When learning another language, it might take us some time to switch from one language to another. Though I’ve been multilingual for a while, I sometimes feel frustrated when words in another language don’t come as readily to me as they do in English. One such example was during my last trip to Italy. I was asked an easy enough question in Italian and, though I knew what I wanted to say, it felt like the words were stuck. It was as if I couldn’t remember how to speak or even which gestures to use when saying, “Another mozzarella, please”. Twenty seconds later, I remembered the terms and syntax (even an idiomatic expression!), but the moment had passed. I was 20 seconds too late.
Code-switching is the practice of alternating between two or more languages or varieties of language in a conversation. This can sometimes be more difficult during the initial stages of language acquisition, or after time spent not using the language. During language processing, one of our mental lexicons, or bank of vocabulary, will be “on” while the others are “off”. When we code-switch, we have to “turn off” the lexicon of the language(s) we aren’t using and “turn on” the lexicon of the language we want to engage, similar to a light switch. As we’re switching from one lexicon to another, we may feel stuck and unable to express ourselves fully. The good news is we can shorten how long it takes to code-switch with a bit of practice and effort.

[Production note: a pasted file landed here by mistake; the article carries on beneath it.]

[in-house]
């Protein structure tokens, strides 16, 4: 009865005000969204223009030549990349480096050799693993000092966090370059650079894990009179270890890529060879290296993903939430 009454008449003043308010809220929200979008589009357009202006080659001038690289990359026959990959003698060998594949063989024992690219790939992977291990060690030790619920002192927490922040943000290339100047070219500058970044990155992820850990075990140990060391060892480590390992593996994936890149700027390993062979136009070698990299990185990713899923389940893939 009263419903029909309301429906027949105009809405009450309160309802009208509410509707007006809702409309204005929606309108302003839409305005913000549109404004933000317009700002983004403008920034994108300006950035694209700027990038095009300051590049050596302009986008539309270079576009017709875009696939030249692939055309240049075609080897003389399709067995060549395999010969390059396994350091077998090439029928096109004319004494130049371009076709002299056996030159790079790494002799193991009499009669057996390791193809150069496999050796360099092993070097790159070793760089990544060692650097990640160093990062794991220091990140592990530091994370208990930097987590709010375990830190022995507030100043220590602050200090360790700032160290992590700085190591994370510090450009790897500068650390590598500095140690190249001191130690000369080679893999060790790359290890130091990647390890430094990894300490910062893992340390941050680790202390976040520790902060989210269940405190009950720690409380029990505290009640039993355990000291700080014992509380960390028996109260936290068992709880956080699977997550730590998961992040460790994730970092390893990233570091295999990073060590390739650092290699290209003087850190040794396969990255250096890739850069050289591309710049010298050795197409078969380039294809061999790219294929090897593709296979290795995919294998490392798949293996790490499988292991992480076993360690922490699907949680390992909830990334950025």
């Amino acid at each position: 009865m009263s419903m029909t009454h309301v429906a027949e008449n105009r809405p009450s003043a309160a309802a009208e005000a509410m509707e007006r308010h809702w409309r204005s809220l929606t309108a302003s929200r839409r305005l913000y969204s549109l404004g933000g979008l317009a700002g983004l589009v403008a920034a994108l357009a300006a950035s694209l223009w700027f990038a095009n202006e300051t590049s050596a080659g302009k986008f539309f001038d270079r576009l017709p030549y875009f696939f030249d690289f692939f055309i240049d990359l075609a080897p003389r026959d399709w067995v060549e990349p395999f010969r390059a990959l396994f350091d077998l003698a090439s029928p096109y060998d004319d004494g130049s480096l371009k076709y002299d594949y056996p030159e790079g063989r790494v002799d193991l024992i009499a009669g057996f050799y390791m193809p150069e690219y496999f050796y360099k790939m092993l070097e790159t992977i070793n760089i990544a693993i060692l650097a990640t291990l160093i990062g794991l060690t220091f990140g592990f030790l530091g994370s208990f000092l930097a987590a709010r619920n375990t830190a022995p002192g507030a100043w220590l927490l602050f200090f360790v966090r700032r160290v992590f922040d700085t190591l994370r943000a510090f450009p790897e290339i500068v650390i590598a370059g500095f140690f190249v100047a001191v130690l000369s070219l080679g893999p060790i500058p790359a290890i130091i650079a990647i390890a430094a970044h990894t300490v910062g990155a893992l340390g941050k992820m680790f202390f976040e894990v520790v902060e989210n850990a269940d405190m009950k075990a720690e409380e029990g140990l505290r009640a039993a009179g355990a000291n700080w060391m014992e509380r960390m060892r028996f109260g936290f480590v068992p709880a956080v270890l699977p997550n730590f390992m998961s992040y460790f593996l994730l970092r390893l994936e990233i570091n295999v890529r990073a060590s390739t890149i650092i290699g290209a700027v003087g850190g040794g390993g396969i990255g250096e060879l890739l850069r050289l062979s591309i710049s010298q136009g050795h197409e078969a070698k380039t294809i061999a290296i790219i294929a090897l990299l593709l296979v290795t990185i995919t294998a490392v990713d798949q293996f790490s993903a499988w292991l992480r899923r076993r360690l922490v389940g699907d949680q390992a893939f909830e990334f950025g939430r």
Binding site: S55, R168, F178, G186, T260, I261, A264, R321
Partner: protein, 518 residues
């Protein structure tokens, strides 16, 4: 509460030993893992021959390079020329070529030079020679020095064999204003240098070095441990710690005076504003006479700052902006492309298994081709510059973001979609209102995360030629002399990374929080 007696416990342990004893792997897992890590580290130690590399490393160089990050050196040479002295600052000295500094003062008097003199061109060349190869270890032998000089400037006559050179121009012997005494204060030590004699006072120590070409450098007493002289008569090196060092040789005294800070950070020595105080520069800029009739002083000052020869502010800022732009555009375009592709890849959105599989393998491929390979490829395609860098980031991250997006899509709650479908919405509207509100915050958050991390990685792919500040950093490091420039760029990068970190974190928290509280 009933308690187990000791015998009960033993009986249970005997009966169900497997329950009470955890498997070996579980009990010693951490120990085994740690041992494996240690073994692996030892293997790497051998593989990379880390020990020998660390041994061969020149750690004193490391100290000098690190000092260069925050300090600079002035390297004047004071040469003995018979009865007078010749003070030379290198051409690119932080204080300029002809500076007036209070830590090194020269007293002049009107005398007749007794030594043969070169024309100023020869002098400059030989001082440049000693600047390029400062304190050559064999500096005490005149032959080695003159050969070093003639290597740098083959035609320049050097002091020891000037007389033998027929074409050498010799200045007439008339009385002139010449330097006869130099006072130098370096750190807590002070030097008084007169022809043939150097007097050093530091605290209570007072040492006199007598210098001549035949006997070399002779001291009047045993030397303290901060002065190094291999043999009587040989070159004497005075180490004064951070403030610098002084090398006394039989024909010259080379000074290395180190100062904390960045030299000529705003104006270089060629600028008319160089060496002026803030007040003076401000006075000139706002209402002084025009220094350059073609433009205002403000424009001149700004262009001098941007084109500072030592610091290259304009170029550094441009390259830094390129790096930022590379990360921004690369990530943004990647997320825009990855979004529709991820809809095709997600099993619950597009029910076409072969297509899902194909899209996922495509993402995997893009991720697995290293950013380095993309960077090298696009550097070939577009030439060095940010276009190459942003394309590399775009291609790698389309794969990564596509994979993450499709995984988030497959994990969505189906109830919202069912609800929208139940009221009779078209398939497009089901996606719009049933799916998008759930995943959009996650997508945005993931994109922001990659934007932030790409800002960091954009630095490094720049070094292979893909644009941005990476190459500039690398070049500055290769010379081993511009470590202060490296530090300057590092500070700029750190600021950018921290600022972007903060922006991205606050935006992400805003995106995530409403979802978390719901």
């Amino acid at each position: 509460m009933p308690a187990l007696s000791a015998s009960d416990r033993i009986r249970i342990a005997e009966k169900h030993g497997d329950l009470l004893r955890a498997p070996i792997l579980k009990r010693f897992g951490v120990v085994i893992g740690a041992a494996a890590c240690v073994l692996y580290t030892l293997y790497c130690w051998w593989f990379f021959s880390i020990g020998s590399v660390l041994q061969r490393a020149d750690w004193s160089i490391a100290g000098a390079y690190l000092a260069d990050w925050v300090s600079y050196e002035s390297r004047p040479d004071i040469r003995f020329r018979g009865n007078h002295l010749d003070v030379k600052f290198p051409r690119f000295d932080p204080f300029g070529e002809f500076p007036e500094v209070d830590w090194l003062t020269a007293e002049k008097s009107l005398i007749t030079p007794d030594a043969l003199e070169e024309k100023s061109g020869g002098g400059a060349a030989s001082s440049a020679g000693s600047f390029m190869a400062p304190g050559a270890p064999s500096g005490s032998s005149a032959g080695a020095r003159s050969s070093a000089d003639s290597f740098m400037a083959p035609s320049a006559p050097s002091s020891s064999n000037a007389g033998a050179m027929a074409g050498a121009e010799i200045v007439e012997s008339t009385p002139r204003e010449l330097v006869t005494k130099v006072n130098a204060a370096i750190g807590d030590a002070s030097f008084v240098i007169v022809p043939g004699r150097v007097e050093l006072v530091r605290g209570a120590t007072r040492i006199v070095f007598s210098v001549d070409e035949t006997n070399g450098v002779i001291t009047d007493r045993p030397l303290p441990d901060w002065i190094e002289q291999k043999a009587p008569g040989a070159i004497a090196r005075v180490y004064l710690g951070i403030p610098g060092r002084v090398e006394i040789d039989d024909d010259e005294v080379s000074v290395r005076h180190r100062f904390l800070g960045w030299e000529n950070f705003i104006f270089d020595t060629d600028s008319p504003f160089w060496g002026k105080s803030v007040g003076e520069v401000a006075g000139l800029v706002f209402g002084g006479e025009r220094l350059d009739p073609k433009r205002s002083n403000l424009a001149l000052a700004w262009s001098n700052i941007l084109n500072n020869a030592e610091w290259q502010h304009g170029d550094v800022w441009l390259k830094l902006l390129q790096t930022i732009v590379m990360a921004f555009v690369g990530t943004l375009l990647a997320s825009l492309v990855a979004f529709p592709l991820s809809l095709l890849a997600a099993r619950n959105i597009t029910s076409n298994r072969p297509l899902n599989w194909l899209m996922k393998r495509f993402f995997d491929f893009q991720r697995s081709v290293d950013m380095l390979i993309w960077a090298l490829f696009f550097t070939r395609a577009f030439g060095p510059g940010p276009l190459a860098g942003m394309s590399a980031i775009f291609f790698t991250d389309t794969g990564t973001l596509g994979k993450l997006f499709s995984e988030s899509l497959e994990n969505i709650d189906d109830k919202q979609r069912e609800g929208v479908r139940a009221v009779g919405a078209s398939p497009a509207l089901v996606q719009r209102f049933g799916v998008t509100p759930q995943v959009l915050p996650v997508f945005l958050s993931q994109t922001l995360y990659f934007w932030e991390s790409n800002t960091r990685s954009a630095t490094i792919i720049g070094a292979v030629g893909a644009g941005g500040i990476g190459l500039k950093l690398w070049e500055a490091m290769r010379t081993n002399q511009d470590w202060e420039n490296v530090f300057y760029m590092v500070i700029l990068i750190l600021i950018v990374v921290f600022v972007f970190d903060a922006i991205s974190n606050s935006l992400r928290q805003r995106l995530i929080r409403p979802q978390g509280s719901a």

Here are some tips to help you avoid the pain and frustration of code-switching:
- Before a trip abroad, spend some time (hours, days, weeks) reading in the language of the country you’re going to, listening to music and practicing speaking, even if it’s by yourself. Practicing before rehearses the terms and phrases of that language and will help you speak more readily at the beginning of and during your trip.
- If you have a meeting in your non-native language, take 15 minutes beforehand to review that language’s key terms. This is a form of rehearsal! Rehearsing will help alleviate any anxiety or nervousness about speaking up during the meeting. You’ll go into it knowing you’ve reviewed the concepts before and practiced explaining them.
- Lower your effective barrier. The more nervous we are, the more difficult it becomes to fully express ourselves in the target language. Our carefully crafted, sophisticated monologue may suddenly turn into a 1-verb phrase. Practice deep breathing and other techniques to help you relax at the moment.
- Keep practicing!